New Orleans Folk Rock Diva Lilli Lewis is releasing Americana, her third full album for Louisiana Red Hot Records. The album was co-produced by Lewis and iconic indie producer Mark Bingham (Peter Stampfel, Hal Wilner, Allen Ginsberg…). Notable guest artists include cellist Rick Nelson (Afghan Whigs, Polyphonic Spree), folk favorite Gina Forsyth, and Seattle Blues Legend Lady A. The album will be released on CD and across all digital platforms on October 29th.
Thanks to the perils of five pandemic-era hurricanes, Americana was recorded across more than twice as many spaces, with the bulk of the load performed in New Orleans at Marigny Studios (recorded by Rick Nelson), and at Bingham’s own Nina Highway in Henderson, Louisiana. After performing for a full house at the New Orleans Jazz & Heritage Foundation’s last show before lockdown, Lewis conceived of her record amidst quarantine conditions that were presenting an indefinite pause in an otherwise booked-out performance year. Without the pressure of upbeat, danceable shows on the agenda, Lewis turned to an abandoned bag of narrative songs that she felt were just a bit too delicate for the New Orleans club scene.
The record returned Lewis to her folk and roots origins, and reflects two sides of her America, that of her father’s church, and that of the “white-gaze” world that existed beyond those walls. Reuniting Country with its gospel and blues roots, the record’s Country Soul excursion begins with the Texas-tinged, Eliza Gilkeson inspired “Copper John,” but quickly shifts into the Rufus-esque Country-funk anthem “Wrecking Ball.” If the heart of the record is found in its benediction “My American Heart,” a song Mandy Patinkin referred to as “like listening to light,” the soul of the collection may be “A Healing Inside,” an a cappella, grounded declaration that features Lady A, the Seattle based Blues legend whose name has been famously usurped by the Nashville band in response to the Black Lives Matter movement.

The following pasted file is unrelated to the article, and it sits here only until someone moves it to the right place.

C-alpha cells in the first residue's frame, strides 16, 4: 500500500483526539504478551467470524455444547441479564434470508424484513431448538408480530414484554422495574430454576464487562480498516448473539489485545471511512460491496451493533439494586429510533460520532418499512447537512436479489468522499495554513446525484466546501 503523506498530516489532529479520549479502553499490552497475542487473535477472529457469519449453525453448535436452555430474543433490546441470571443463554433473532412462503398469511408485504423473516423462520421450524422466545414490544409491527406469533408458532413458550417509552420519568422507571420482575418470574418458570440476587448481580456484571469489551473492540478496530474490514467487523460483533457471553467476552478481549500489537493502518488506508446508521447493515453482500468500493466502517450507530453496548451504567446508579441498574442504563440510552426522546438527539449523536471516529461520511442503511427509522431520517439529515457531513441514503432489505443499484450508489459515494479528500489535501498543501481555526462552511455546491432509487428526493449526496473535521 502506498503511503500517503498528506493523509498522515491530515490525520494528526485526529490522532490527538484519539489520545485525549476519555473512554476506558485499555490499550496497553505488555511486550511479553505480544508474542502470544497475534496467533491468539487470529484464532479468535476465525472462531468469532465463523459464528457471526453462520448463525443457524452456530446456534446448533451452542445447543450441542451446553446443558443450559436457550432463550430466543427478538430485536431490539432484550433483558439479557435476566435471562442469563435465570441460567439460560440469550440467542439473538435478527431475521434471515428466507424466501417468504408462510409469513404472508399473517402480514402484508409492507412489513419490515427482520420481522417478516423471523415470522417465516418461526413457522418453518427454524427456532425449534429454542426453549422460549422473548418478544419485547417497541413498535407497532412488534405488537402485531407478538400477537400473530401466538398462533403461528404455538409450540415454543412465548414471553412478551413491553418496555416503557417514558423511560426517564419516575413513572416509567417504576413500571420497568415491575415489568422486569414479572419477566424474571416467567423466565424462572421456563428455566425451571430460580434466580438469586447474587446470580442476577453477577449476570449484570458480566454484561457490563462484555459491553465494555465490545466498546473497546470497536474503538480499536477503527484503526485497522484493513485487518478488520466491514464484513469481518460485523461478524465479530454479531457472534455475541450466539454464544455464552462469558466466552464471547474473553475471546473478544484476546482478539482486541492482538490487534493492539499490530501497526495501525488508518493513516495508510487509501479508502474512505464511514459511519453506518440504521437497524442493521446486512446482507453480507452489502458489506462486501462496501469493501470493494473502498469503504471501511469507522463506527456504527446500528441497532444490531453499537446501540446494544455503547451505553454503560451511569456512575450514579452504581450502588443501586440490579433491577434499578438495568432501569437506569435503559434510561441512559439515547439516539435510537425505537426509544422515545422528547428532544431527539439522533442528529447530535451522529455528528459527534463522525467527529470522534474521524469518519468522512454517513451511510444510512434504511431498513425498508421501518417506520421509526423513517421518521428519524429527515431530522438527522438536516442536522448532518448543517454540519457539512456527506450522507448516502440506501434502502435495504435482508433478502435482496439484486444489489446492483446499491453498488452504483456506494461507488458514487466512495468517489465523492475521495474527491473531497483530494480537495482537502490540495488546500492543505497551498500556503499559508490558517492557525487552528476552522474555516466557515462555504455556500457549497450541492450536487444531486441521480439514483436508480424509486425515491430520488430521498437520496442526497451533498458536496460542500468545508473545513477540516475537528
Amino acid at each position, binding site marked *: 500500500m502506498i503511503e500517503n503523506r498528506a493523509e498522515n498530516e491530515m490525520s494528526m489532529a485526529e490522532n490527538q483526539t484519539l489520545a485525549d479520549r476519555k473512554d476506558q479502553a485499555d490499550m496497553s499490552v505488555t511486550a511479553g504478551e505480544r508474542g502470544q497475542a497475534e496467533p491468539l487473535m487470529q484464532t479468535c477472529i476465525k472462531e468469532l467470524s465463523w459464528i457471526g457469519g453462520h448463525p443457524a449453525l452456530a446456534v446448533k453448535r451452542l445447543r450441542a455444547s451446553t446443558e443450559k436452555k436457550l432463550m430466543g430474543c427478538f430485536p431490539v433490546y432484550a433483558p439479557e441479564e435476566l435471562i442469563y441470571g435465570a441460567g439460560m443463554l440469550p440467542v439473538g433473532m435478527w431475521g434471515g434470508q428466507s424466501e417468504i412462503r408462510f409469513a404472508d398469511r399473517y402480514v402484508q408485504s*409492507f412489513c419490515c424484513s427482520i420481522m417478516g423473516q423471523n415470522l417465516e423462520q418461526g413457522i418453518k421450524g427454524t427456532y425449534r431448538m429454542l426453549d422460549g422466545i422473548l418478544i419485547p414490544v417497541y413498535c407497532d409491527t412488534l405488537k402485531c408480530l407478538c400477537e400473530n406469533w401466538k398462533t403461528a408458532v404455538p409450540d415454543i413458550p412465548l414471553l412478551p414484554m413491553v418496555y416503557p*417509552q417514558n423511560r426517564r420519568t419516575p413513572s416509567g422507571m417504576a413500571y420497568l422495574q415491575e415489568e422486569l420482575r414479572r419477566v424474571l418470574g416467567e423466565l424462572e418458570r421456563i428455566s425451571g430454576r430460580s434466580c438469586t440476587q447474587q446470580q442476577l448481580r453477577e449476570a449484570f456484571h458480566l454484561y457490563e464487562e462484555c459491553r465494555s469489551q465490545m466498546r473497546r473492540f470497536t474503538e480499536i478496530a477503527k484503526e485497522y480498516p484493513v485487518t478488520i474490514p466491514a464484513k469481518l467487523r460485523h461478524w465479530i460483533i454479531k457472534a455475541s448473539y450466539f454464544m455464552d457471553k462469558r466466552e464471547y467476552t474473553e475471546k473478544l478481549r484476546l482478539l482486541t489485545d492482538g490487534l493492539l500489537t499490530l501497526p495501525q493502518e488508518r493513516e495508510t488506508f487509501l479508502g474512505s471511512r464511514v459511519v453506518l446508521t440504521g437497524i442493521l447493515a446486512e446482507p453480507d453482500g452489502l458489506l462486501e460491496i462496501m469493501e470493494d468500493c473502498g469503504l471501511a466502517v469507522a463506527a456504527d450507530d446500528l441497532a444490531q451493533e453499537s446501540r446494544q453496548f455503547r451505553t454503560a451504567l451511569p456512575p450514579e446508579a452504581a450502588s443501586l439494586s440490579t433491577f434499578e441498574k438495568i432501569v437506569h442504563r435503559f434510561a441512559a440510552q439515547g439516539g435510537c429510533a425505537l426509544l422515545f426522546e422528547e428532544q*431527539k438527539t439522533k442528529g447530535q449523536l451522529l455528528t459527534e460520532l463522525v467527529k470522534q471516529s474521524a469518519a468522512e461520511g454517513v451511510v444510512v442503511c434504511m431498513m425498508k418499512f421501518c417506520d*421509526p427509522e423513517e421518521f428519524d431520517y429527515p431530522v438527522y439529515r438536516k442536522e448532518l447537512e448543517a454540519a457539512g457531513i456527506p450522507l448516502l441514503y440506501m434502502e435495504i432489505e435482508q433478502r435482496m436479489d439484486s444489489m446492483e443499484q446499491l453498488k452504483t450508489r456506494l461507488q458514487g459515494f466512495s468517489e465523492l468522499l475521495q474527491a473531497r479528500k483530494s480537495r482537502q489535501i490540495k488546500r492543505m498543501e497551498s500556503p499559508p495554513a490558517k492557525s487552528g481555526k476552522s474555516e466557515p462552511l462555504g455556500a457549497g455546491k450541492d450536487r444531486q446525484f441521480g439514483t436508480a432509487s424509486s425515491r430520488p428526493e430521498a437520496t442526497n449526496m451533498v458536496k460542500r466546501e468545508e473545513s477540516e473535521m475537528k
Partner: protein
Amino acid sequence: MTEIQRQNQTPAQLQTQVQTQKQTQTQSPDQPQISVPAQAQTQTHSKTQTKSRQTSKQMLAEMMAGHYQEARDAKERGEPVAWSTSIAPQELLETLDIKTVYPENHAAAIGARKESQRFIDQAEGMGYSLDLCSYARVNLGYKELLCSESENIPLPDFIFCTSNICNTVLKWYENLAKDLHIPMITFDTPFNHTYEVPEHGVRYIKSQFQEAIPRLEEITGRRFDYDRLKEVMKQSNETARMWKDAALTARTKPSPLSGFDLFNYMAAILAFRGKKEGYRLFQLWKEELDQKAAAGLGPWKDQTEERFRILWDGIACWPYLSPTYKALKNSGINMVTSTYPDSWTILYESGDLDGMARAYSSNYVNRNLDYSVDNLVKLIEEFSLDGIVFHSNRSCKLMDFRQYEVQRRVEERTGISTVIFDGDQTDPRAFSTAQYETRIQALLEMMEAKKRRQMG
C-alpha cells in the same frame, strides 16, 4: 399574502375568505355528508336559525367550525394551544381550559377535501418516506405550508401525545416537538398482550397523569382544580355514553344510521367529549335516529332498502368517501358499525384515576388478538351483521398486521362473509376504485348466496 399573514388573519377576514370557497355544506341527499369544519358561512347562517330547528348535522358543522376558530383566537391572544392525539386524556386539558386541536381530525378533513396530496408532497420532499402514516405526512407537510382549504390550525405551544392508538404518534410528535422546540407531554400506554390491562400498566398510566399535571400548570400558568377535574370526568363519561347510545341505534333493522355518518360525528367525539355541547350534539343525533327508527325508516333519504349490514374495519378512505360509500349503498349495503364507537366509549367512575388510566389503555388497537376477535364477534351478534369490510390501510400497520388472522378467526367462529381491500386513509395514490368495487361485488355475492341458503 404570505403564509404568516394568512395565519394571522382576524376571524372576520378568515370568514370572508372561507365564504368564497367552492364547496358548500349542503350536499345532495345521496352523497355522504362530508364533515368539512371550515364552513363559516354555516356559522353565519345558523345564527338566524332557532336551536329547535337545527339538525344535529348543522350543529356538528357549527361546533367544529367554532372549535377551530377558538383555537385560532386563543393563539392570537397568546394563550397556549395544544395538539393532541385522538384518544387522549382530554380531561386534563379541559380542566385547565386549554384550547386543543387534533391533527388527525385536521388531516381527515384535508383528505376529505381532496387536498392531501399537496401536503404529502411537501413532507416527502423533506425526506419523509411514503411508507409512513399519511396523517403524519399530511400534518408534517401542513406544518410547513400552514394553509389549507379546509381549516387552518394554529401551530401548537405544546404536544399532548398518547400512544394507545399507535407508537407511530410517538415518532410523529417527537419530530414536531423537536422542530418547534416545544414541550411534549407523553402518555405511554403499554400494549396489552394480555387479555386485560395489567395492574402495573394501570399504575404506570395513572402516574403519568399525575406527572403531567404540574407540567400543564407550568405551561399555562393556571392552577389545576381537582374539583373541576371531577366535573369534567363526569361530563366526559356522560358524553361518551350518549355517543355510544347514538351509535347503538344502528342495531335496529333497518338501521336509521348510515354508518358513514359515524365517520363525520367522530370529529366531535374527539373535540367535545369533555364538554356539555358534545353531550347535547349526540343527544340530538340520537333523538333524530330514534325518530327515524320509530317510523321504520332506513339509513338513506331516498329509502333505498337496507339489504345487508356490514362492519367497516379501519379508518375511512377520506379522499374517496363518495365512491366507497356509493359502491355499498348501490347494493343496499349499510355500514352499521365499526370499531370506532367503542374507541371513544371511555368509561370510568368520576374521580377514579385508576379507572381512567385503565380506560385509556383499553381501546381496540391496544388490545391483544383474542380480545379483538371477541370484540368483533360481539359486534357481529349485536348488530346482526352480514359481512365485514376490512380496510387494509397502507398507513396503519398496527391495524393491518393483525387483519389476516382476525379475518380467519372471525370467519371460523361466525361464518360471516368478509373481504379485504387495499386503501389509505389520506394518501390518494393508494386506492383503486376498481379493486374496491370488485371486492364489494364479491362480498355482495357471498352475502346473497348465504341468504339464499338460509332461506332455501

Of the collection Lewis says “these stories were meant to reflect the humanity of the forgotten, because in times like these, it feels like dignity can seem really hard to come by.”
Trained as an opera singer and classical pianist, singer-songwriter Lewis has been a composer, producer and performing artist for over two decades. She released her first album The Coming of John in 2003, and has been known as the Folk Rock Diva since performing in the Folk Rock band The Shiz, which she founded with her wife Liz Hogan in 2009.